Time to Talk Day is the big day in the calendar for Time to Change; a national organisation that leads the way on tackling stigma in mental health. Time to Talk Day takes place annually, and is a day centred around having a conversation with someone. The thinking is that if more people are open about mental health, and issues surrounding it, we can collectively change the way that we all think and act about mental health.
The Time to Change hub were invited to have a stand at UWE’s Mental Health and Wellbeing Fair, which took place in their Students’ Union building. The fair was busy and saw a lot of footfall; not just students, but university staff as well.
Lots of people came by to have a conversation. Some knew about Time to Change already, and some had no idea. Some people had lived experience of mental health, whether it was their own, or someone else’s that they knew. Regardless of a person’s experience, it was heartening to hear from those who had received a positive response when they had opened up to others about their own mental health.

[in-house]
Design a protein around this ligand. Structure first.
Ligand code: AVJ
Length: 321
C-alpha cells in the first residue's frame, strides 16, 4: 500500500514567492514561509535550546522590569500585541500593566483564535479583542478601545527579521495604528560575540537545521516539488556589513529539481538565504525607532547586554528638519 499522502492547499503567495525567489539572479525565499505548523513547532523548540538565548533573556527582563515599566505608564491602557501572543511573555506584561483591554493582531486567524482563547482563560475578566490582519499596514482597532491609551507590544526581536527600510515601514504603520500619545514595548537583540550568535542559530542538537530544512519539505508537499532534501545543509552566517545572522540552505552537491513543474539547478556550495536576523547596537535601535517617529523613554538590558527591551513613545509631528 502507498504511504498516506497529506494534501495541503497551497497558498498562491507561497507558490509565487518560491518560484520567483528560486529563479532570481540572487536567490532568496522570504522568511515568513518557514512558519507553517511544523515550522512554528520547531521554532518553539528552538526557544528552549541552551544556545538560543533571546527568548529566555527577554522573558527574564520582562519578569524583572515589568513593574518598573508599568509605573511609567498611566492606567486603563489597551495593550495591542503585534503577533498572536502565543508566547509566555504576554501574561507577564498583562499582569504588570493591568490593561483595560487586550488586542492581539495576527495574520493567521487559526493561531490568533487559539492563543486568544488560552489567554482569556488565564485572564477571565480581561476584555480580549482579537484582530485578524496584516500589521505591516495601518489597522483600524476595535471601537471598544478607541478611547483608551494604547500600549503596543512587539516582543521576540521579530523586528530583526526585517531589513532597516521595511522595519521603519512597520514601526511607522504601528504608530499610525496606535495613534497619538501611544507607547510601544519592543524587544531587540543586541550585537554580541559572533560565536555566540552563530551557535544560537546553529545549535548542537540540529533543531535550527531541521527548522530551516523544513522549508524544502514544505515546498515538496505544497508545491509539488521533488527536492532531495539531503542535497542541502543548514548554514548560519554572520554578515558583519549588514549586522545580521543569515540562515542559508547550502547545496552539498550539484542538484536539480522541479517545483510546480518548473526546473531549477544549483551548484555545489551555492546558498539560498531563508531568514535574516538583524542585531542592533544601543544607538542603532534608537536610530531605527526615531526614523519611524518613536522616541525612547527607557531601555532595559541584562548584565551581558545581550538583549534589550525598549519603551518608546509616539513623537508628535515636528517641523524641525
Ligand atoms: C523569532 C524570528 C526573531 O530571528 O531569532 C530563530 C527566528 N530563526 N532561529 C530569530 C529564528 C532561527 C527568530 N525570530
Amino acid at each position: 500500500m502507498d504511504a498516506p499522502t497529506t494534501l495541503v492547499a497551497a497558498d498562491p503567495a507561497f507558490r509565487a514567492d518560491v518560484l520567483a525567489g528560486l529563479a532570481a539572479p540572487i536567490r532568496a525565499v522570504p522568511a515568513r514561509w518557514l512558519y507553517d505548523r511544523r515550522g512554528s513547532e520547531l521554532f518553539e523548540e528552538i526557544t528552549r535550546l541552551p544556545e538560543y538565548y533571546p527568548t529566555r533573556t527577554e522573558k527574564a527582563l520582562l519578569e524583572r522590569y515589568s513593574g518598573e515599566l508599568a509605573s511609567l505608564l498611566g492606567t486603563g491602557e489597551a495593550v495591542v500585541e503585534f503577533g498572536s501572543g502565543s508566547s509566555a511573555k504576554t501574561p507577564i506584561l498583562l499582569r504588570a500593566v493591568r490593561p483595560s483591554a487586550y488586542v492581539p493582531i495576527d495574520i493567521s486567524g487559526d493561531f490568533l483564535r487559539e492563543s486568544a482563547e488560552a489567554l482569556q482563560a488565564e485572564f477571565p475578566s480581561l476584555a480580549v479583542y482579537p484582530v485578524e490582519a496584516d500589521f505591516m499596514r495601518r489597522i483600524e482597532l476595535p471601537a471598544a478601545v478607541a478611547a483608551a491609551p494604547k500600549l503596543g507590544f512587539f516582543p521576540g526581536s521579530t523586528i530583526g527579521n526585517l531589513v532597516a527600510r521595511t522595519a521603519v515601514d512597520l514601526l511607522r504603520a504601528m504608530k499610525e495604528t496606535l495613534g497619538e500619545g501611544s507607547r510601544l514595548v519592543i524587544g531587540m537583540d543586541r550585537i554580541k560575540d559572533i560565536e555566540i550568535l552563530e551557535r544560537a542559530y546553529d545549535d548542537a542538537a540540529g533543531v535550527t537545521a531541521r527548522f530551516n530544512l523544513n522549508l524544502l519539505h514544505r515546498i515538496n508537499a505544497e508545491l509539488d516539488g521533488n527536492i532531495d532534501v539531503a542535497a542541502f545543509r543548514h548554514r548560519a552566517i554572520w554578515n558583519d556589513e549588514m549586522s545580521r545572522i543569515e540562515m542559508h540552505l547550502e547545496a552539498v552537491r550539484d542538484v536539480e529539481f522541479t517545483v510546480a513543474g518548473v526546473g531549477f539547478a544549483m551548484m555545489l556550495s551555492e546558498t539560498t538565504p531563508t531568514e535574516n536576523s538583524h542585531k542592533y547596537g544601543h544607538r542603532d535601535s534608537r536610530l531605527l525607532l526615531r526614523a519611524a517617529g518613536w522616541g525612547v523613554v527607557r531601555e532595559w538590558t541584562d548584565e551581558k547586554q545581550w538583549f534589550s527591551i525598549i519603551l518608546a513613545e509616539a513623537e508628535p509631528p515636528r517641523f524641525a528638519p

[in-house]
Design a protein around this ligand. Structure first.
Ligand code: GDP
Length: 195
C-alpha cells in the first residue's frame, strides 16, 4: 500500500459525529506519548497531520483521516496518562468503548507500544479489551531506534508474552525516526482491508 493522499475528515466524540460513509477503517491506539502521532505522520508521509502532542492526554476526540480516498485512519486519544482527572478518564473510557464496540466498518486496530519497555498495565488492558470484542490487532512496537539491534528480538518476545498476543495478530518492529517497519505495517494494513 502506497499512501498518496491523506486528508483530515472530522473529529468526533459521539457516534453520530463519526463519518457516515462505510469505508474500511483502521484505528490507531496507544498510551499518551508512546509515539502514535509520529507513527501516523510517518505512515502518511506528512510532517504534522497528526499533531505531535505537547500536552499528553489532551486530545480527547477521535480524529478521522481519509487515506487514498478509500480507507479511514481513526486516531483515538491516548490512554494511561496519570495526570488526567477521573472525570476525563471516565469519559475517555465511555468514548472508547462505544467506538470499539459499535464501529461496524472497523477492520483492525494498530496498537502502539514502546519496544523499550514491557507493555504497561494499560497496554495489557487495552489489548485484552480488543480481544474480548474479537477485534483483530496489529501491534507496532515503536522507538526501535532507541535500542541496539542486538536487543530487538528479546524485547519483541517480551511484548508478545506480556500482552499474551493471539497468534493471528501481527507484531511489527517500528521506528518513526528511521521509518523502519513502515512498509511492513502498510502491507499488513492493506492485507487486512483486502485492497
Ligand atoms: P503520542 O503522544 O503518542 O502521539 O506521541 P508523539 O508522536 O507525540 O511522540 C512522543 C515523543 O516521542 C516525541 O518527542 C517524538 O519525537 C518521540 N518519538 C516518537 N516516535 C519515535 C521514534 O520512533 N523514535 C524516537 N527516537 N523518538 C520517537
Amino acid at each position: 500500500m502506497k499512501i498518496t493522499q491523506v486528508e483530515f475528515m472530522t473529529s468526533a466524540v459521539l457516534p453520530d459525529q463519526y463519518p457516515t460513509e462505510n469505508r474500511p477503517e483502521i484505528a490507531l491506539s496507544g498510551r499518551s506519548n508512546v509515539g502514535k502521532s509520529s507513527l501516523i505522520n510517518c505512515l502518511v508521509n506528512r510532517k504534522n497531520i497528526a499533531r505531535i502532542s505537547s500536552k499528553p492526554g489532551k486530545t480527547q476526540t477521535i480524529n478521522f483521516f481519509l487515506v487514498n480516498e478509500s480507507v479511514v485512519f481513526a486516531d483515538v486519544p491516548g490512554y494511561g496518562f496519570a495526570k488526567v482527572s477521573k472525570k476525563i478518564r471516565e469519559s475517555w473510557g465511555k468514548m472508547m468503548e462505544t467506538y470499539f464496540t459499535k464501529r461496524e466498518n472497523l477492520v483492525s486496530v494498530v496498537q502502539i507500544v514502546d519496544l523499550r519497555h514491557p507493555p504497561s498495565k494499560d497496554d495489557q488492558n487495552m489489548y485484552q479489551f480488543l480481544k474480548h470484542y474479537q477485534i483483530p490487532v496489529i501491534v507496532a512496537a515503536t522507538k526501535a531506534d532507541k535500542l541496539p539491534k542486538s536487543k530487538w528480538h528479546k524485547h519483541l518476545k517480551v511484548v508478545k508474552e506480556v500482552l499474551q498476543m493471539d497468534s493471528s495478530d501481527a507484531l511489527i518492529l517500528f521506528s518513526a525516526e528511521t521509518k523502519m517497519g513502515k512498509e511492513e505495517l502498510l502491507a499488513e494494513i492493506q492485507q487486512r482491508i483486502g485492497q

Some visitors to the stall wanted to know more. I was happy to share that we had completed some recent training on how to equip people on how to effectively tackle mental health stigma. I was also happy to share the successes of the Champions Fund, and how we can support anyone looking to put on their own mental health social contact event.
It’s clear there’s still a lot of work to do to make sure that the stigma around mental health, in all its variants, is being tackled in a positive way. It is however positive to hear so many people speaking so openly about their own experience, and that the response they have received is no longer as negative as it might have been in years gone by.
February 20, 2019 at 1:24 pm | Blog